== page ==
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Miandad's bombshell

IT IS another indicator of the nature of cricket in Pakistan that Javed Miandad's resignation has come without any warning. The unpredictable has long become the norm in Pakistani cricket circles, both as far as the team and the establishment is concerned, and the departure of this veteran, whose contribution to his country is second to none, is something that has saddened even many a hardened cricket fan.

Long-time supporters and fans of the Pakistani cricket team should have been used to this type of happening by now -- the team is well set to go, everything appears to be under control and then a pivotal figure quits or is thrown out. Everybody was under the impression that Miandad had sorted out the problems in the team and, that under Wasim Akram, they would prove to be the dark horse in the World Cup.

Alas, it was not to be. Miandad cited the appointment of the South African Pybus as one reason for his exit and there has also been some speculation that he and Akram were not exactly willing to sleep in the same bed. Given the way things run in Pakistan, it is more likely that the latter reason has more bearing on Miandad's decision.

It is hard to find a team which has more talent in its ranks than Pakistan. And, the surprising thing is, despite the politics, the groupism, the allegations which hang over the team, more and more talent seems to be coming to the fore. There is seemingly no nursery to nurture and breed new players, yet they seem to spring from the woodwork every second day. The sad aspect is that some of them fall by the wayside or else are cast thither -- Aaquib Javed is an example. And unless one subscribes to the ruling philosophy of the day, then one's chances of staying in the team on merit also seem to be minuscule -- witness the case of Aamer Sohail.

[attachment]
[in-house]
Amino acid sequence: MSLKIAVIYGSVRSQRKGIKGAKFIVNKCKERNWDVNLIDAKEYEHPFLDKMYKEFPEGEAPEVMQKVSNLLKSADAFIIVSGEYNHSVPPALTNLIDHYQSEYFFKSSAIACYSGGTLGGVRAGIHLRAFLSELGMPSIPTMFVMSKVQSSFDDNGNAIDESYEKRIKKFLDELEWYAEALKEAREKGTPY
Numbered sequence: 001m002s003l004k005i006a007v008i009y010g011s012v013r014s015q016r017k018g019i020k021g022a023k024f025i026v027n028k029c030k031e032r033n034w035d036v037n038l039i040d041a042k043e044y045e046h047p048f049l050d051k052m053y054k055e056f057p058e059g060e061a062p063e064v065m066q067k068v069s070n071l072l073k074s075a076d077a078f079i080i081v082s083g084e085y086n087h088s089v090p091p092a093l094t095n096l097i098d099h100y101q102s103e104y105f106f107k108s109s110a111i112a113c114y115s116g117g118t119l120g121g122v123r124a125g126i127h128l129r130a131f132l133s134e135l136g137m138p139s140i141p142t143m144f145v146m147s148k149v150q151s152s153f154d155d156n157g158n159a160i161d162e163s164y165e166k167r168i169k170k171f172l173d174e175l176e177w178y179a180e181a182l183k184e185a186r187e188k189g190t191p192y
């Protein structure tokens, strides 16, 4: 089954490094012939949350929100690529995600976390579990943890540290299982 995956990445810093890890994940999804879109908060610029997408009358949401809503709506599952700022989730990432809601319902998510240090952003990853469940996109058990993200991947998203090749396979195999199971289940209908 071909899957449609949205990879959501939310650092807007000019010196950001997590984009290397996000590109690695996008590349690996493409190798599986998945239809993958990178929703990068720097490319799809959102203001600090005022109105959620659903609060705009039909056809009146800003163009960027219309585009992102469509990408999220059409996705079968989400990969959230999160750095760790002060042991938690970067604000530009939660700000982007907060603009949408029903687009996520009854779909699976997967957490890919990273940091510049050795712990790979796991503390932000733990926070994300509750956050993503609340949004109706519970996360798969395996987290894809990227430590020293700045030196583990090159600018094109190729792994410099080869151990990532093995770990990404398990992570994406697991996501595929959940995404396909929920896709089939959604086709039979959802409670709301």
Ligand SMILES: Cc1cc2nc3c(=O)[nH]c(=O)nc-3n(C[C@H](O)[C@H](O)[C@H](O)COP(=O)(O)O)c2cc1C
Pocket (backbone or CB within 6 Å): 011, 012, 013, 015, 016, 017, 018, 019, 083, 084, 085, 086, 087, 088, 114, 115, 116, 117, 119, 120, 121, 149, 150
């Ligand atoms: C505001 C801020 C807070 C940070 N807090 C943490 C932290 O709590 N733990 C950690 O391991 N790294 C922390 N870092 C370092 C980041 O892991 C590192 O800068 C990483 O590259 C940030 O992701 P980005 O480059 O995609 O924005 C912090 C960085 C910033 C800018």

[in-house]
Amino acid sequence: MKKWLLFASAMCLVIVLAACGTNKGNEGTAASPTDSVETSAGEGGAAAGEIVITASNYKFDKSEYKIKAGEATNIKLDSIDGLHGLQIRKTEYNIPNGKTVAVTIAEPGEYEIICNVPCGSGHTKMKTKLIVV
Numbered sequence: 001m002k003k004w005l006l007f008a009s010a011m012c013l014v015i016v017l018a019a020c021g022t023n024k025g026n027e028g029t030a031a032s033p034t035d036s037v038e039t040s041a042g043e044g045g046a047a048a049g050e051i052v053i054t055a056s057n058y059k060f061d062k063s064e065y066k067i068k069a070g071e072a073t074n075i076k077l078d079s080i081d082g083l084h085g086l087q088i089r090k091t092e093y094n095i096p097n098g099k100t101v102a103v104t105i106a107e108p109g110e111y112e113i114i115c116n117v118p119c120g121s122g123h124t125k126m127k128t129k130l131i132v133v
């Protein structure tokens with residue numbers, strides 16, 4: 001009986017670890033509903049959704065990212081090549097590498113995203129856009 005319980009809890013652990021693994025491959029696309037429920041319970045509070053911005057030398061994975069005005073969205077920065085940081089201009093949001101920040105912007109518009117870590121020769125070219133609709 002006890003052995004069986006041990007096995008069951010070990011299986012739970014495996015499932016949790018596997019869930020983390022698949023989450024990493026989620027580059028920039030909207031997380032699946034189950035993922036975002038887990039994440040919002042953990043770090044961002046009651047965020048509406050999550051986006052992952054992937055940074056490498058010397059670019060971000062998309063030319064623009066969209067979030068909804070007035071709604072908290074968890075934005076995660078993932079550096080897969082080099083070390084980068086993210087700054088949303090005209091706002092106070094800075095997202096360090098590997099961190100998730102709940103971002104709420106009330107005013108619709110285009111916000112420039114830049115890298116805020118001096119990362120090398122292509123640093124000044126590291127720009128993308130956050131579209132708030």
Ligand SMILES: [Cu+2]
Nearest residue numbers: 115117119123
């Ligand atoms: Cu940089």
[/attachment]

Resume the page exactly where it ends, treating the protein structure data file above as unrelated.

Miandad is more than just a symbol of dogged resistance as far as Pakistan cricket goes; he was always an agent provocateur and fought back using both orthodox and unorthodox means. Remember, it was he who took up his bat to assault Dennis Lillee despite the fact that he would definitely have come off second best had any fisticuffs ensued with that bowler. He earned grudging respect from other teams and while he may not have been the most graceful batsman around, he was known for playing his heart out for his country. He has the runs and the record to prove it.

Pakistan cricket has been lacking just that dogged spirit of late. At least, they did, until they went to India for the Test series and the Asian championship. Thereafter, the team seemed transformed from the one which had gone under to both Zimbabwe and Australia at home. The same spirit has continued to date. And a lot of that resurgence, which has seen the odds on the team winning the World Cup change dramatically, has been put down to Miandad.

How will things be under the new regime? That is precisely the problem that Pakistan cricket has faced -- the lack of stability zones. Too much change tends to unsettle any human being and cricketers are just that. Barely has the team grown accustomed to one man when he leaves and another comes in. No matter what new-fangled theories are spouted, humans are basically creatures of habit. Miandad had basically become a habit for the team. Now they will have to listen to a different kind of piper who plays a different tune. All one can say is that it is not the best thing which could have happened, certainly not with the World Cup just three weeks away.

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